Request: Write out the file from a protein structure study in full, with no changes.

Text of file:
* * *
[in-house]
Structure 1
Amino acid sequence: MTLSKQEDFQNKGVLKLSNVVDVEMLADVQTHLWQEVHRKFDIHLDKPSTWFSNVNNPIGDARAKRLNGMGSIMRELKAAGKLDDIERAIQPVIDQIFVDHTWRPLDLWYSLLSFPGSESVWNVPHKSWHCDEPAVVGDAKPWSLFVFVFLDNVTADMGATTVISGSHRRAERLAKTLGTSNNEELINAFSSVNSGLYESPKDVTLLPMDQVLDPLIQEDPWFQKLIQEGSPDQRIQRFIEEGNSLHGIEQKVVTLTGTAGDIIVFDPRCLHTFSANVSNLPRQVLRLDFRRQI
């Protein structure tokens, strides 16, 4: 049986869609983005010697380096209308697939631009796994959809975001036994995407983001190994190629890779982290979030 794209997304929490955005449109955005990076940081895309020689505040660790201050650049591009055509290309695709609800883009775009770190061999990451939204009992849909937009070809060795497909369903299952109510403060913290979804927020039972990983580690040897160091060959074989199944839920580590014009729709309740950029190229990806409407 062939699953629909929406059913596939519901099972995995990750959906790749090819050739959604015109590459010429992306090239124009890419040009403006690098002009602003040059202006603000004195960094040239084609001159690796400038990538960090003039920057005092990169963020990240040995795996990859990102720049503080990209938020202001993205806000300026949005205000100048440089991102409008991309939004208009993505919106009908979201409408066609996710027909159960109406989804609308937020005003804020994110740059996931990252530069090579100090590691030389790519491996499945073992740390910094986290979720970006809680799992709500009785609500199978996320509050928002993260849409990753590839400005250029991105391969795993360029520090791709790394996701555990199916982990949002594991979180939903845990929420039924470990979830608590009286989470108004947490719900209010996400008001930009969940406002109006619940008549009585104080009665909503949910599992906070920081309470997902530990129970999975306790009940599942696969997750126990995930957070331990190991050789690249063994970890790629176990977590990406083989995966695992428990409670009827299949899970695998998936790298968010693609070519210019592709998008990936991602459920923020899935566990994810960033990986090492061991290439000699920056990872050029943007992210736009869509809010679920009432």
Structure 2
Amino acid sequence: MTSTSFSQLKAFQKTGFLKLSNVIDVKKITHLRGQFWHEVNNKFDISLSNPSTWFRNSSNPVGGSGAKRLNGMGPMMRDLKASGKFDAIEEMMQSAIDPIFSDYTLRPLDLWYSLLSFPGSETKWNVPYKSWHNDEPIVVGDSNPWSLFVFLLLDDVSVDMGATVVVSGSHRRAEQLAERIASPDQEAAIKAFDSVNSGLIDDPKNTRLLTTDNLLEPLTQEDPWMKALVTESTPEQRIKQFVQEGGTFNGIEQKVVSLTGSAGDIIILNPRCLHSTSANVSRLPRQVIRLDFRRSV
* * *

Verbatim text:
[in-house]
Structure 1
Amino acid sequence: MTLSKQEDFQNKGVLKLSNVVDVEMLADVQTHLWQEVHRKFDIHLDKPSTWFSNVNNPIGDARAKRLNGMGSIMRELKAAGKLDDIERAIQPVIDQIFVDHTWRPLDLWYSLLSFPGSESVWNVPHKSWHCDEPAVVGDAKPWSLFVFVFLDNVTADMGATTVISGSHRRAERLAKTLGTSNNEELINAFSSVNSGLYESPKDVTLLPMDQVLDPLIQEDPWFQKLIQEGSPDQRIQRFIEEGNSLHGIEQKVVTLTGTAGDIIVFDPRCLHTFSANVSNLPRQVLRLDFRRQI
């Protein structure tokens, strides 16, 4: 049986869609983005010697380096209308697939631009796994959809975001036994995407983001190994190629890779982290979030 794209997304929490955005449109955005990076940081895309020689505040660790201050650049591009055509290309695709609800883009775009770190061999990451939204009992849909937009070809060795497909369903299952109510403060913290979804927020039972990983580690040897160091060959074989199944839920580590014009729709309740950029190229990806409407 062939699953629909929406059913596939519901099972995995990750959906790749090819050739959604015109590459010429992306090239124009890419040009403006690098002009602003040059202006603000004195960094040239084609001159690796400038990538960090003039920057005092990169963020990240040995795996990859990102720049503080990209938020202001993205806000300026949005205000100048440089991102409008991309939004208009993505919106009908979201409408066609996710027909159960109406989804609308937020005003804020994110740059996931990252530069090579100090590691030389790519491996499945073992740390910094986290979720970006809680799992709500009785609500199978996320509050928002993260849409990753590839400005250029991105391969795993360029520090791709790394996701555990199916982990949002594991979180939903845990929420039924470990979830608590009286989470108004947490719900209010996400008001930009969940406002109006619940008549009585104080009665909503949910599992906070920081309470997902530990129970999975306790009940599942696969997750126990995930957070331990190991050789690249063994970890790629176990977590990406083989995966695992428990409670009827299949899970695998998936790298968010693609070519210019592709998008990936991602459920923020899935566990994810960033990986090492061991290439000699920056990872050029943007992210736009869509809010679920009432």
Structure 2
Amino acid sequence: MTSTSFSQLKAFQKTGFLKLSNVIDVKKITHLRGQFWHEVNNKFDISLSNPSTWFRNSSNPVGGSGAKRLNGMGPMMRDLKASGKFDAIEEMMQSAIDPIFSDYTLRPLDLWYSLLSFPGSETKWNVPYKSWHNDEPIVVGDSNPWSLFVFLLLDDVSVDMGATVVVSGSHRRAEQLAERIASPDQEAAIKAFDSVNSGLIDDPKNTRLLTTDNLLEPLTQEDPWMKALVTESTPEQRIKQFVQEGGTFNGIEQKVVSLTGSAGDIIILNPRCLHSTSANVSRLPRQVIRLDFRRSV